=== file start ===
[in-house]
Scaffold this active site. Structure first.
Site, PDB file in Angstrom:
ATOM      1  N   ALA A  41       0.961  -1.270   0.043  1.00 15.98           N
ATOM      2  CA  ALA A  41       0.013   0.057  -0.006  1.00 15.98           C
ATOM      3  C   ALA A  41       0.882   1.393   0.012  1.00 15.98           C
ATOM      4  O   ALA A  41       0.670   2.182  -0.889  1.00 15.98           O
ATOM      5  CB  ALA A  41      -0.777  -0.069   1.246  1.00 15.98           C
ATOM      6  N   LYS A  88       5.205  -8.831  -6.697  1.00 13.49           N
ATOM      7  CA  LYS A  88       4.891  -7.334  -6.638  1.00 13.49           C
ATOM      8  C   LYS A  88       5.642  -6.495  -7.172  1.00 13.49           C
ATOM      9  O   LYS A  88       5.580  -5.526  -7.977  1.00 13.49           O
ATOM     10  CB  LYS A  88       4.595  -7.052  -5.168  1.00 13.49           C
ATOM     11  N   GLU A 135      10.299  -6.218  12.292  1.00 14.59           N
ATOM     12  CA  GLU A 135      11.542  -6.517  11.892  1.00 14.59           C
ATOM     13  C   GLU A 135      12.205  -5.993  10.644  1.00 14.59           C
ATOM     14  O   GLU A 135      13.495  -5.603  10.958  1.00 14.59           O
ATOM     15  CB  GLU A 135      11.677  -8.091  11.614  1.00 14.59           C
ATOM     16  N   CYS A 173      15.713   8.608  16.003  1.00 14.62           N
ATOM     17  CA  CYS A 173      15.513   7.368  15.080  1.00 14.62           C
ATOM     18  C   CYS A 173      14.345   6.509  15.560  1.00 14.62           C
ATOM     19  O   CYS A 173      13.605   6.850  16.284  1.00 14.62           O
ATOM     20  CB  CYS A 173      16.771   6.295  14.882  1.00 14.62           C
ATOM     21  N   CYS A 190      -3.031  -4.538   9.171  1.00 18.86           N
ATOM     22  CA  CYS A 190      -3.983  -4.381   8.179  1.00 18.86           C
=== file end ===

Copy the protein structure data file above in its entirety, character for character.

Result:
[in-house]
Scaffold this active site. Structure first.
Site, PDB file in Angstrom:
ATOM      1  N   ALA A  41       0.961  -1.270   0.043  1.00 15.98           N
ATOM      2  CA  ALA A  41       0.013   0.057  -0.006  1.00 15.98           C
ATOM      3  C   ALA A  41       0.882   1.393   0.012  1.00 15.98           C
ATOM      4  O   ALA A  41       0.670   2.182  -0.889  1.00 15.98           O
ATOM      5  CB  ALA A  41      -0.777  -0.069   1.246  1.00 15.98           C
ATOM      6  N   LYS A  88       5.205  -8.831  -6.697  1.00 13.49           N
ATOM      7  CA  LYS A  88       4.891  -7.334  -6.638  1.00 13.49           C
ATOM      8  C   LYS A  88       5.642  -6.495  -7.172  1.00 13.49           C
ATOM      9  O   LYS A  88       5.580  -5.526  -7.977  1.00 13.49           O
ATOM     10  CB  LYS A  88       4.595  -7.052  -5.168  1.00 13.49           C
ATOM     11  N   GLU A 135      10.299  -6.218  12.292  1.00 14.59           N
ATOM     12  CA  GLU A 135      11.542  -6.517  11.892  1.00 14.59           C
ATOM     13  C   GLU A 135      12.205  -5.993  10.644  1.00 14.59           C
ATOM     14  O   GLU A 135      13.495  -5.603  10.958  1.00 14.59           O
ATOM     15  CB  GLU A 135      11.677  -8.091  11.614  1.00 14.59           C
ATOM     16  N   CYS A 173      15.713   8.608  16.003  1.00 14.62           N
ATOM     17  CA  CYS A 173      15.513   7.368  15.080  1.00 14.62           C
ATOM     18  C   CYS A 173      14.345   6.509  15.560  1.00 14.62           C
ATOM     19  O   CYS A 173      13.605   6.850  16.284  1.00 14.62           O
ATOM     20  CB  CYS A 173      16.771   6.295  14.882  1.00 14.62           C
ATOM     21  N   CYS A 190      -3.031  -4.538   9.171  1.00 18.86           N
ATOM     22  CA  CYS A 190      -3.983  -4.381   8.179  1.00 18.86           C